Illinois Governor JB Pritzker and Illinois State Police Acting Director Brendan Kelly on Wednesday highlighted a case management system they say will be a powerful tool in fixing the state’s staggering backlog of untested DNA evidence.
The state’s failure to quickly test forensic evidence is a longstanding problem, and getting worse, according to police data. A state report last year showed more than 3,000 pending DNA cases in state police labs. That backlog had grown to more than 5,000 untested cases as of March 2019, and was up to 6,345 cases as of Wednesday, according to a state police spokesperson.
Pritzker said Wednesday that ending the backlog is a “top priority” for him.
“We know that unacceptable backlogs and issues with transparency have plagued this process for far too long,” Pritzker said at a tour of the crime lab in Chicago, one of six forensic laboratories run by the Illinois State Police. “We are focusing on reducing the backlog [and] limiting the time that it takes to get to the results that are needed.”
The slow testing time and DNA backlog have been the subject of state legislative hearings.
“I’m sad, I’m disappointed in the system, the justice system. I feel that being a black woman with a black male child, that the system does not serve us,” Reginice McBride, whose son was shot to death in 2017, told state senators at a committee meeting in March.
On Wednesday, Pritzker acknowledged the importance of timely DNA testing for victims and families who had already suffered through one tragedy.
“They shouldn’t have to live that tragedy also through a delay in the forensics and the delay in the processing of cases,” Pritzker said.
Kelly said the new information management system, which was implemented under former Gov. Bruce Rauner in December 2018, is already helping make the testing process more efficient. Soon, Kelly promised, the system will also be used to increase transparency and accountability, by allowing crime victims and law enforcement officers to track evidence as it moves through the testing process.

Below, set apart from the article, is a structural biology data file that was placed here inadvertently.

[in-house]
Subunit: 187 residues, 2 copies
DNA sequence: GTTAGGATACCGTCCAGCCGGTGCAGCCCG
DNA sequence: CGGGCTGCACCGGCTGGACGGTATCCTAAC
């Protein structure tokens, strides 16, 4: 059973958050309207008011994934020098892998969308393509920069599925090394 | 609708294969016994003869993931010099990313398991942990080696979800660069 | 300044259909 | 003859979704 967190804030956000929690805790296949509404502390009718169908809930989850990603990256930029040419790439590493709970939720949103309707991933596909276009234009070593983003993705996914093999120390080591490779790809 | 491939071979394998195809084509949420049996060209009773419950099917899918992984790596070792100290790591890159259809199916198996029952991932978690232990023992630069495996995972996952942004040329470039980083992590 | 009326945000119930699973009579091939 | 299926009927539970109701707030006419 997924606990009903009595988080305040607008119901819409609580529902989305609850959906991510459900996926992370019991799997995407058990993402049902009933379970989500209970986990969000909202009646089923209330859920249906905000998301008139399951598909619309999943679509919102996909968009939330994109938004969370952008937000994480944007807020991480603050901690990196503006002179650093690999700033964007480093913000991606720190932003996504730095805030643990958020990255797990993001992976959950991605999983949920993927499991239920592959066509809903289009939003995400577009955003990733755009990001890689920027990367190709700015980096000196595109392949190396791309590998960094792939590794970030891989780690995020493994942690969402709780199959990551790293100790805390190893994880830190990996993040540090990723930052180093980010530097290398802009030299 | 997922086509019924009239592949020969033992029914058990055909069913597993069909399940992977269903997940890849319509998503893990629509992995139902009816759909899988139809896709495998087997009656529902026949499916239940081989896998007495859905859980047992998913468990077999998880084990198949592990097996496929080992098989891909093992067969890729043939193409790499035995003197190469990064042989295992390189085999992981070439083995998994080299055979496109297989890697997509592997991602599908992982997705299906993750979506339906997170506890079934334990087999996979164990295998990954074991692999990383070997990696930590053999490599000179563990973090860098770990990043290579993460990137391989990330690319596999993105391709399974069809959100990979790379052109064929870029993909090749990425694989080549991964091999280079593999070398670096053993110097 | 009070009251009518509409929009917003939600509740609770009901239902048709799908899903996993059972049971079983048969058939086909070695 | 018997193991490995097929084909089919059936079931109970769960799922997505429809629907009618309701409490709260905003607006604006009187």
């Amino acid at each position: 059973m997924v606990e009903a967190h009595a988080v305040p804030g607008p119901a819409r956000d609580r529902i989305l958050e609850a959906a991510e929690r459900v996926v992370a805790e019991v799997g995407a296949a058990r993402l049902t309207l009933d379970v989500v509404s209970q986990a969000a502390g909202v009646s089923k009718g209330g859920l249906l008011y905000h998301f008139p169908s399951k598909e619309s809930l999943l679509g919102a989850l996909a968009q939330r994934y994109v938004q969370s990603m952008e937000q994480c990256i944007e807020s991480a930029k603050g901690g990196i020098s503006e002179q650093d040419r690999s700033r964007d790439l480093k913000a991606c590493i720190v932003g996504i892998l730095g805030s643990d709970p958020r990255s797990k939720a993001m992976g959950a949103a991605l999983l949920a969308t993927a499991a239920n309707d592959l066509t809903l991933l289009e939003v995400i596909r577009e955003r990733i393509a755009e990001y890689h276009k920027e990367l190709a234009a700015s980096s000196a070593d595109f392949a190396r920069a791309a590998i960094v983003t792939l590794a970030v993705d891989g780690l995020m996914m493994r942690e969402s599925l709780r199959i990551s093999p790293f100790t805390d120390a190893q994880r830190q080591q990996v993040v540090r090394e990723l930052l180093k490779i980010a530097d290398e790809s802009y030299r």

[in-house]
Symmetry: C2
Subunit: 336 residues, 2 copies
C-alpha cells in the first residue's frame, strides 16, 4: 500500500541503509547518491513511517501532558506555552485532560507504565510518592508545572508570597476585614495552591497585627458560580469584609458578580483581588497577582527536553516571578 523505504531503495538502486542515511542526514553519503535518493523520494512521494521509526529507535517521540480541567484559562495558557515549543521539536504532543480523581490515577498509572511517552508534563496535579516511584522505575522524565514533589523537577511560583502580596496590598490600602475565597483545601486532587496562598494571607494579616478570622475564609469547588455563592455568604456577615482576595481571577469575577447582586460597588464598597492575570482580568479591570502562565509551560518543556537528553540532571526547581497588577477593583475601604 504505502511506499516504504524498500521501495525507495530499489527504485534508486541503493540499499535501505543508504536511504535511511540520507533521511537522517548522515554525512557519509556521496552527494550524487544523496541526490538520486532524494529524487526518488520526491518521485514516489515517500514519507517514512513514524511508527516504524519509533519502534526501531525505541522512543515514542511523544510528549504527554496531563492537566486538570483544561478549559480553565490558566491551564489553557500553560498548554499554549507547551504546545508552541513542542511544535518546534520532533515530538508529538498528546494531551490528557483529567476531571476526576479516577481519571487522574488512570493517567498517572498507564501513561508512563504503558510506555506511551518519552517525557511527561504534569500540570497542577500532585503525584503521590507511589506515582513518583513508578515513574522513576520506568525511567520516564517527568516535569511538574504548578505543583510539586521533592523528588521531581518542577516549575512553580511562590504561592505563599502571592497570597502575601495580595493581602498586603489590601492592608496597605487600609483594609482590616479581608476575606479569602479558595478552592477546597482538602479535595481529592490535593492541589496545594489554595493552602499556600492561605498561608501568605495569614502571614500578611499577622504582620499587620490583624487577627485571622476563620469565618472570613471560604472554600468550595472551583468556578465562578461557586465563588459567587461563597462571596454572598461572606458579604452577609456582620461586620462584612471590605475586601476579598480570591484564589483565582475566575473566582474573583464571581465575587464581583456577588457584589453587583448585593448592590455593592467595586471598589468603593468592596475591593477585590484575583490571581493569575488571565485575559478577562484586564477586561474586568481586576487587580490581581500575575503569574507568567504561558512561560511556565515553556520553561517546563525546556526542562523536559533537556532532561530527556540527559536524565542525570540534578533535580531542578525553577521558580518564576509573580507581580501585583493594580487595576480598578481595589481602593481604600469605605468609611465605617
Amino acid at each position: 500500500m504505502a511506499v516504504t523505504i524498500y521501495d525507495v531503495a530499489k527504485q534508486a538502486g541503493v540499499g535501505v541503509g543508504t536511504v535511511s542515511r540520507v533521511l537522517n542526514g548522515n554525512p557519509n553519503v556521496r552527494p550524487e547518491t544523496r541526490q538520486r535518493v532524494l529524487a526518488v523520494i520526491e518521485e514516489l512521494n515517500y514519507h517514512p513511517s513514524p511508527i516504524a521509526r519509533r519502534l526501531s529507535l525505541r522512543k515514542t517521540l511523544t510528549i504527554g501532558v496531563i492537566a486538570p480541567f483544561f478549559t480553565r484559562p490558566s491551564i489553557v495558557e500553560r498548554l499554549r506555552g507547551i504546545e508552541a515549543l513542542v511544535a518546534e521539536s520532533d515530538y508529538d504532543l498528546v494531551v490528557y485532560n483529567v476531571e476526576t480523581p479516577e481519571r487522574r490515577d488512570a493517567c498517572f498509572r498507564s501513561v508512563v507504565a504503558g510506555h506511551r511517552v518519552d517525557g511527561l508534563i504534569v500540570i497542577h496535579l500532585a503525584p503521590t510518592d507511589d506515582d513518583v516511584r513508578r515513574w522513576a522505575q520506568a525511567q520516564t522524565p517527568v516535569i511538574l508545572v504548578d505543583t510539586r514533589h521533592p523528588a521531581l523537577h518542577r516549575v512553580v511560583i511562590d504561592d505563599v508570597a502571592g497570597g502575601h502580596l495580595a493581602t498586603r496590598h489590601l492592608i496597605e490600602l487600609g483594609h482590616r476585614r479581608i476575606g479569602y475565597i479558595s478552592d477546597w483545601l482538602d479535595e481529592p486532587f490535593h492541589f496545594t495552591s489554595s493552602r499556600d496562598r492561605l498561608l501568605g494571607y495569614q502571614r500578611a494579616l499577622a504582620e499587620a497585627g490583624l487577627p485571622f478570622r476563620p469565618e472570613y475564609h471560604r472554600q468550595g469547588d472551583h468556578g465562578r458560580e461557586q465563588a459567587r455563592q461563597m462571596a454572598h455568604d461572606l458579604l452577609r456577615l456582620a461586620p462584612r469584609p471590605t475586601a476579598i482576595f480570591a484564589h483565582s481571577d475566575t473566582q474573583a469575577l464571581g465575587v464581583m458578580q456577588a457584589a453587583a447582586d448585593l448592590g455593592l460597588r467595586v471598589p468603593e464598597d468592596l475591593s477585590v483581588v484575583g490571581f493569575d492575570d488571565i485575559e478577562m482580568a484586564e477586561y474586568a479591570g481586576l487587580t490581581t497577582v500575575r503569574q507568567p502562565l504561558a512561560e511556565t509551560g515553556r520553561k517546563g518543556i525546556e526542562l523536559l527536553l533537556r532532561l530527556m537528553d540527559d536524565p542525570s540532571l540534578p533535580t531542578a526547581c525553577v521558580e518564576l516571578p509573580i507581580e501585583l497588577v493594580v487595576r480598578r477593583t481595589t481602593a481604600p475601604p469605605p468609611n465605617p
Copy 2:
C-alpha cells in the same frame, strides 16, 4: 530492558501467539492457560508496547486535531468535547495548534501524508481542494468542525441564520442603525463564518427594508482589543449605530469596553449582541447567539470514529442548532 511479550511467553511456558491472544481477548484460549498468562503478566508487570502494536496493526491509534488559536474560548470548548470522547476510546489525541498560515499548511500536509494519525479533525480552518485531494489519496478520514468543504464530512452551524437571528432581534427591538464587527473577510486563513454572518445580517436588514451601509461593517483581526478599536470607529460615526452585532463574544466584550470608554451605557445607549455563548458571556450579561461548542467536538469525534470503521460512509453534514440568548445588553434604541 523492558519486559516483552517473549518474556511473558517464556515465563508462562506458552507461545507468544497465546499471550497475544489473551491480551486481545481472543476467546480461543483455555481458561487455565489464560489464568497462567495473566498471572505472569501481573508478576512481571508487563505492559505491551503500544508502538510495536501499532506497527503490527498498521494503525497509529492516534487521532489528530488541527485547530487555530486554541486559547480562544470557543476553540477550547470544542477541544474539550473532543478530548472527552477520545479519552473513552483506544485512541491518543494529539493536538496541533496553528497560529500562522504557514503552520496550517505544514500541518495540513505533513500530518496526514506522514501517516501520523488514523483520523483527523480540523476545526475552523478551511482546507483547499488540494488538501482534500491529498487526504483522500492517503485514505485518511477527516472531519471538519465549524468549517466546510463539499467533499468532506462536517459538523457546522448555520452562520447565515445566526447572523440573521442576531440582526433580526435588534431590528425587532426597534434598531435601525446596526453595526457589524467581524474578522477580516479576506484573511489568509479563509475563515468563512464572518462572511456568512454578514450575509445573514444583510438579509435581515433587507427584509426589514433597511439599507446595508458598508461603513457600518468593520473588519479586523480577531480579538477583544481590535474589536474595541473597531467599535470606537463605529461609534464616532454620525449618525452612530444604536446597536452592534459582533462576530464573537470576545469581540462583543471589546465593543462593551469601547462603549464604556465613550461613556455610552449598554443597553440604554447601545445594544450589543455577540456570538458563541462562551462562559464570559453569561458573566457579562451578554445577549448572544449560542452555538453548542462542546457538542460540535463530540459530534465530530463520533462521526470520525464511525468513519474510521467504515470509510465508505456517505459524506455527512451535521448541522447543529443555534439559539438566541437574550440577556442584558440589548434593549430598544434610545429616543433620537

“Putting all that out there, it will be a little painful to some extent because you’re going to see where the delays are in the process but by pushing transparency and having that constant pressure of transparency, you’re going to see a lot of people … start to come up with some very interesting ways to reduce that turnaround time,” Kelly said.
But, Kelly refused to give a timetable for when the state would start to make a dent in its evidence backlog.
“I can’t sit here and tell you that there’s gonna be a day when … the DNA backlog will be at a certain phase. You’ve seen so many labs over the years make commitments to things, and it turns out they’re entirely wrong,” Kelly said. “To say that there’s some point in which it’s magically going to disappear, that is not being honest with people, that’s not being honest with victims, that’s not being honest with people that are relying on the forensic evidence. So we need to tell them that we are fully committed to reducing the turnaround time, but it’s going to be a long slog.”
Patrick Smith is a reporter on WBEZ’s Criminal Justice desk. Follow him @pksmid.